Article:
Do-it-Yourself Log Home / Cabin: Introduction

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0. Introduction (see below)

1. About Log Houses: History • Advantages • Disadvantages • Building from Scratch • Basic Considerations • Economics • Financing • Ecologics • Personal Requirements

2. The Beginnings: Designing and Planning • Codes and Permits • Plans and Specifications • Site Selection • Siting the House • Site Preparation

3. Working with Logs: Wood Characteristics • Log Selection • Felling Trees • Limbing Trees • Bucking Logs • Yarding Logs • Cribbing and Curing Logs • Peeling Logs • Preservative Treatments • Shaping Logs • Maneuvering Logs

4. Foundations: Types • Sizing • Concrete Foundations • Concrete Block Foundations • Damp-proofing and Waterproofing • Stone Foundations • Concrete Pier Foundations • Concrete Block Pier Foundations • Post Foundations • Slab-on-Grade Foundations • Grade-Beam Foundations • Permanent Wood Foundations • Layout

5. The First Floor: Log Floor Frame • Log and Dimension-Stock Floor Frame • Dimension-Stock Floor Frame • Floor Openings • Extra-Strength Constructions • Decked Flooring • Layered Flooring

6. The Walls: Log Lay-Up • Corner Construction • Endwork • Splicing Logs • Joining Logs • Securing Logs • The Plate Log • Stockade Construction • Piece-En-Piece Construction • Door and Window Arrangements

7. The Second Floor: Open Construction • Floor Framing • Ceiling Framing • Laying Flooring • Second-Story Walls • Stub and Full Walls • Knee Walls

8. The Roof: Roof Pitch • Dimension-Stock Roof Frame • Log Rafters • Purlin Roof • Dormers • Roofing • Built-Up Roofs • Skylights and Roof Windows • Venting • Finish Trim

9. Doors and Windows: Building Bucks • Making Doors • Door Hardware Installing Doors • Window Choices • Making Windows • Installing Windows • Storm Sashes and Doors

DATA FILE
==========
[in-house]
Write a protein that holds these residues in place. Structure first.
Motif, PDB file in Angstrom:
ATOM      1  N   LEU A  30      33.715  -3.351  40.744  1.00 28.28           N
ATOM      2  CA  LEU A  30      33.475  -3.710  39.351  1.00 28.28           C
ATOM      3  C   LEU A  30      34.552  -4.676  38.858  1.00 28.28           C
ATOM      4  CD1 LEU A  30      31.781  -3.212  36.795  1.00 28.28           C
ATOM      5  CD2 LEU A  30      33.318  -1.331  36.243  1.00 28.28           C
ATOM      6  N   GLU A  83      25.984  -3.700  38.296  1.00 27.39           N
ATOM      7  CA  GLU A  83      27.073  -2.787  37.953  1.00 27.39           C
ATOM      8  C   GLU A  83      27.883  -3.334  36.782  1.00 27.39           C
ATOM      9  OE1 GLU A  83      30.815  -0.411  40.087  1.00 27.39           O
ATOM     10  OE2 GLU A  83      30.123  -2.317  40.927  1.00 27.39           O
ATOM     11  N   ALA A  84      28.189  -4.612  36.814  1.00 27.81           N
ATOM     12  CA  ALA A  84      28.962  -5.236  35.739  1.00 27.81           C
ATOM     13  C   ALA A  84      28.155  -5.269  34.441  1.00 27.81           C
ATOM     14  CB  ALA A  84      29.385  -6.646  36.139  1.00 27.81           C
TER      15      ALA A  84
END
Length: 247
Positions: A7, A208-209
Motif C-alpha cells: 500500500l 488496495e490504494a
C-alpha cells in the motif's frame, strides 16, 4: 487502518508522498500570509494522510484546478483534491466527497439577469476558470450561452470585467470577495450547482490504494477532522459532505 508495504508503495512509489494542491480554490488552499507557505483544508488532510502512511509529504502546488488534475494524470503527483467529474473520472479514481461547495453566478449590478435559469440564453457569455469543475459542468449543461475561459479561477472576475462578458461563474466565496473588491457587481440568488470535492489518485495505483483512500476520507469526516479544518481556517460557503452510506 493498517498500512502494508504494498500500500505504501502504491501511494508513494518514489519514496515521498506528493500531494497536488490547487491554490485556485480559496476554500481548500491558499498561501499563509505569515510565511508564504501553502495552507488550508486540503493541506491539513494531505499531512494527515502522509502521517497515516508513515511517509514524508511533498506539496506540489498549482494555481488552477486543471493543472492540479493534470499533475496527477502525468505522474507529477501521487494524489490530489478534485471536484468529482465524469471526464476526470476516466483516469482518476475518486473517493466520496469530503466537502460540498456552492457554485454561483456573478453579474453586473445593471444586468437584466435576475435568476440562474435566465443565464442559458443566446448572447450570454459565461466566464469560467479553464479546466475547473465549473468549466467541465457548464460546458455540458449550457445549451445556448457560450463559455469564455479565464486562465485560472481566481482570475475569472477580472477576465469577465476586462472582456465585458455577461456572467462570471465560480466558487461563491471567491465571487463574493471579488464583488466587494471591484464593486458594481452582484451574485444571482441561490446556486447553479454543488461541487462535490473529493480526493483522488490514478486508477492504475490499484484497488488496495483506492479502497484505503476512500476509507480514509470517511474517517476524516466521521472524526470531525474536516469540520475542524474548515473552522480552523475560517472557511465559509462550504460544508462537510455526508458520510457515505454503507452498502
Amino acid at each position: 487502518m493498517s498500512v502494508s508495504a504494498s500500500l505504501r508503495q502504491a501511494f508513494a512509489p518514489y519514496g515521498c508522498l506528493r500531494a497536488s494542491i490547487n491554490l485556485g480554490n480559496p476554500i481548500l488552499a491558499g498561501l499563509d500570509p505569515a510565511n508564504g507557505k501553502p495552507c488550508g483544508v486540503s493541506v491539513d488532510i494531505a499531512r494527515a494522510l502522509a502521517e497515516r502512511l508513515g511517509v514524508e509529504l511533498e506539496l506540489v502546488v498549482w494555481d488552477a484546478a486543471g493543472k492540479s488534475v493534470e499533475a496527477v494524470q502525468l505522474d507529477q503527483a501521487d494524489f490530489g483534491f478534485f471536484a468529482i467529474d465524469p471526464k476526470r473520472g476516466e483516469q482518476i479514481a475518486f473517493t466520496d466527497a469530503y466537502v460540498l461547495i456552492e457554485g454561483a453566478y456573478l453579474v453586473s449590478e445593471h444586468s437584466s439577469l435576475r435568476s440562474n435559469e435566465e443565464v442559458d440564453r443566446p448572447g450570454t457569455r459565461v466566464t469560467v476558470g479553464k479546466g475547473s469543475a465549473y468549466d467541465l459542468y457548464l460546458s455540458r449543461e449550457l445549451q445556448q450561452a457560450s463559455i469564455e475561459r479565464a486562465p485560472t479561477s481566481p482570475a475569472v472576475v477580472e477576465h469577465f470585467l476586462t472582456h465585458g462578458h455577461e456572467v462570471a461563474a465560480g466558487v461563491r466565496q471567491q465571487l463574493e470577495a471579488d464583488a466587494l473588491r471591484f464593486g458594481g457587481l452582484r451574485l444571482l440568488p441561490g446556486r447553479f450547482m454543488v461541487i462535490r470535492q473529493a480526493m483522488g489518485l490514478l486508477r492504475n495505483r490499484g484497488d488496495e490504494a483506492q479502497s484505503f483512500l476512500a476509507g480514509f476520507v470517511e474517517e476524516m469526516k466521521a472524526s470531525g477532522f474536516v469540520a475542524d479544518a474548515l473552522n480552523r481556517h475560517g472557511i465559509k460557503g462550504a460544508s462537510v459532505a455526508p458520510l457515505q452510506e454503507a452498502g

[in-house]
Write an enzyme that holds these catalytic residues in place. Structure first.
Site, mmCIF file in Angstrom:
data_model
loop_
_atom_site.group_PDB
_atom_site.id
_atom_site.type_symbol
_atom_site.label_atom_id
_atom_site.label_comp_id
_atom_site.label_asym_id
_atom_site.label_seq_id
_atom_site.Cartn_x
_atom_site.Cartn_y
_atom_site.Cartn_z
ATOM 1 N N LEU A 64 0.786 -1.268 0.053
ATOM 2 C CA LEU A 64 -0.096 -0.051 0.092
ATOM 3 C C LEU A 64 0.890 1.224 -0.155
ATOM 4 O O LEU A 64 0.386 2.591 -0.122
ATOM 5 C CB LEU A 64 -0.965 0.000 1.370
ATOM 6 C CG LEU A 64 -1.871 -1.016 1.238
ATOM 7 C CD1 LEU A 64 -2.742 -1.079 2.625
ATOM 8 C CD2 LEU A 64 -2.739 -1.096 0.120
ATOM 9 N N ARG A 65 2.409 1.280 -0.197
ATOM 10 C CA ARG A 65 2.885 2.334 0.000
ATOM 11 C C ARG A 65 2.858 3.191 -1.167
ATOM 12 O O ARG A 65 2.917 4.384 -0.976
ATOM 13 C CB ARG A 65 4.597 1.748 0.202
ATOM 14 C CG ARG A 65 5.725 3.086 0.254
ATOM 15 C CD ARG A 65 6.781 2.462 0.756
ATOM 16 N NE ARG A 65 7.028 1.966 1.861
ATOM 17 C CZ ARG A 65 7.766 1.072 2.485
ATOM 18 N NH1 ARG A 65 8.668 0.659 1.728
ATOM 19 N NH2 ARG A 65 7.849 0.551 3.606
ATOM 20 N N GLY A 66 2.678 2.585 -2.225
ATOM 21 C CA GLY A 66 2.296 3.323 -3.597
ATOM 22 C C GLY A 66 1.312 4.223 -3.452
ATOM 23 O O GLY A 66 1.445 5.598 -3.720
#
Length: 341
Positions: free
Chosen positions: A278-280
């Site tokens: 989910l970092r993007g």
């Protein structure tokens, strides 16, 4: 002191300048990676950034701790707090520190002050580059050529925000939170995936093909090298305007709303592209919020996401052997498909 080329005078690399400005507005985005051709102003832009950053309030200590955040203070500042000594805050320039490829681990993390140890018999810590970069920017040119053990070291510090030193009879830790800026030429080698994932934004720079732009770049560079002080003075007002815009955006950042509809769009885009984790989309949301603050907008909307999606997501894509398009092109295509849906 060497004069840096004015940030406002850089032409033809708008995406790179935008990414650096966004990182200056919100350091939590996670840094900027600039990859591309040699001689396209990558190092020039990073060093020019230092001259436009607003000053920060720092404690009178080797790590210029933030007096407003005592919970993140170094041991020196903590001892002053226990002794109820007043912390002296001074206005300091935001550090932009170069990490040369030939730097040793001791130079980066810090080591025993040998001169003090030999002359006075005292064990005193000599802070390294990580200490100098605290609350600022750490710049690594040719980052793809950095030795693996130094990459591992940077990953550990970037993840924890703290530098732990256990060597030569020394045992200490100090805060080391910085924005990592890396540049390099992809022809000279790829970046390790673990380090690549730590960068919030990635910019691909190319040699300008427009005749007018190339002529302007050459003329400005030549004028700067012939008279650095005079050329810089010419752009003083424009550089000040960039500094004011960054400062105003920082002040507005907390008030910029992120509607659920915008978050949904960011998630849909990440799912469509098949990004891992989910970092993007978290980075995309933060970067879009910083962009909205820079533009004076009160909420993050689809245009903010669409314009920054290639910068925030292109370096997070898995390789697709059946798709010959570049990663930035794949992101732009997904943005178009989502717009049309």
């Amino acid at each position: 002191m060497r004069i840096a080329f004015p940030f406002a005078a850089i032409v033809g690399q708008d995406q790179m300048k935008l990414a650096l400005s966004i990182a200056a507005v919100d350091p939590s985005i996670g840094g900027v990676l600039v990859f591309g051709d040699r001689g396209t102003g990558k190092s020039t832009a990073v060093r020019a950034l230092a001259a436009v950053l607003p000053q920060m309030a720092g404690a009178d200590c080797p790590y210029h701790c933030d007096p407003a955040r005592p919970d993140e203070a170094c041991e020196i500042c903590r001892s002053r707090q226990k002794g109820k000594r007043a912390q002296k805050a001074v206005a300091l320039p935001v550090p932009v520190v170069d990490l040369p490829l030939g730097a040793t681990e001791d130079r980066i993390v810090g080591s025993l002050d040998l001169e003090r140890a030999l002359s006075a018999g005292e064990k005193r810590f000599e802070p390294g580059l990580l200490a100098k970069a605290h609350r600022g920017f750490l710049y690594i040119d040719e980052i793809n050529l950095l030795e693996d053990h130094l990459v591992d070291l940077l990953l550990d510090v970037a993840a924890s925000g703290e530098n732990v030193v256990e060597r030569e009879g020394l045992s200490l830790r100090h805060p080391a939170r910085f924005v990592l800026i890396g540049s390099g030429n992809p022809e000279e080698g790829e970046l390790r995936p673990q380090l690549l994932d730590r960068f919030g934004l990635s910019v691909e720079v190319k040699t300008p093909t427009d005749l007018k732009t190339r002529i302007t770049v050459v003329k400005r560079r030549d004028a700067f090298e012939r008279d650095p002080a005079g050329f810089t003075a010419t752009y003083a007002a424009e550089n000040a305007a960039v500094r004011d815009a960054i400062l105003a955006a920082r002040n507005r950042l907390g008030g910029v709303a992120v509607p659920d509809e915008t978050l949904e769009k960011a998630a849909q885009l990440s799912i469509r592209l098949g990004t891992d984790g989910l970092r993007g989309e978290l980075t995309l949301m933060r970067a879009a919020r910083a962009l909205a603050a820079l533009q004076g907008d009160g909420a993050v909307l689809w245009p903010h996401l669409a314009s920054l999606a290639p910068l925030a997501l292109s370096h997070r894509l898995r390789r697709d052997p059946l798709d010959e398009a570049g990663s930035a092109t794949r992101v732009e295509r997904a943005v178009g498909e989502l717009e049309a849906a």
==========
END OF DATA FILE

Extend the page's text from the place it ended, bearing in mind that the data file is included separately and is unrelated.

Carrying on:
10. Insulation: Heat Loss and Gain • How Much Insulation? • Foundation Insulation • Cold-Floor Insulation • Wall Insulation • Cap Insulation Roof Insulation • Window and Door Treatments • Crackage • Vapor Barriers

11. Odds and Ends: Interior Partitions • Furred Walls • Trimming Out • Cabinetry and Built-Ins • Applied Finishes • Stairways • Stoves and Fireplaces • Decks and Porches • Utilities • Termite Control


Log cabins and homes have been around for centuries. Over the decades, while log cabins continued as temporary dwellings, hunting lodges, and vacation retreats, they slowly evolved into full- blown primary residences as well, many of them of no mean proportions and comfort. Today there is a growing popularity for many reasons, of log houses as permanent dwelling places—homes in the true sense of the word.

Some of these log houses are profession ally designed and built by a contractor, but many are bought in predesigned, pre engineered kit form. A surprising number of log houses—some of them very large—are also being owner-built from scratch, beginning even as early in the construction sequence as selecting the trees in a woodlot. This guide is for, and is dedicated to, those ambitious do-it-yourselfers who want to build their own log cabins or houses, or at least take an active part in the process.

In this revised and updated guide, there is an entire section about log houses and cabins in general, their pros and cons, and the economics involved. There is also a wealth of information on such crucial matters as house design and planning, site selection, and site work. The real meat of the guide, however, lies in the subsequent sections, which explore the many design options and construction techniques involved in putting a log structure together, regardless of its size, shape, or purpose.

There is information on felling, curing, shaping, and preserving logs. The various types of foundations and how to make them are covered. You will learn how to set sills, build floor frames, construct log walls, and fashion corners and endwork. Second-story construction details are also considered, along with several methods of making roof frames and finishing the roof itself. There is a whole section on doors and windows, another on insulation, and a third on some of the more important aspects of interior construction. All of the latter information emphasizes those points that are peculiar to log construction.

There are, of course, other designs, styles, techniques, decorative effects, constructions and construction techniques, materials, ideas, and general practices and procedures than those mentioned in this guide. After all, log construction is a hugely diverse field and subject to a lot of personal interpretation, ingenuity, inventiveness, and expression, especially when viewed on a worldwide basis. That is one of its great fascinations. However, the basics of what you need to know about log construction to be able to successfully design, build, supervise the building of, or just intelligently select a new log cabin or house for yourself is between these covers.

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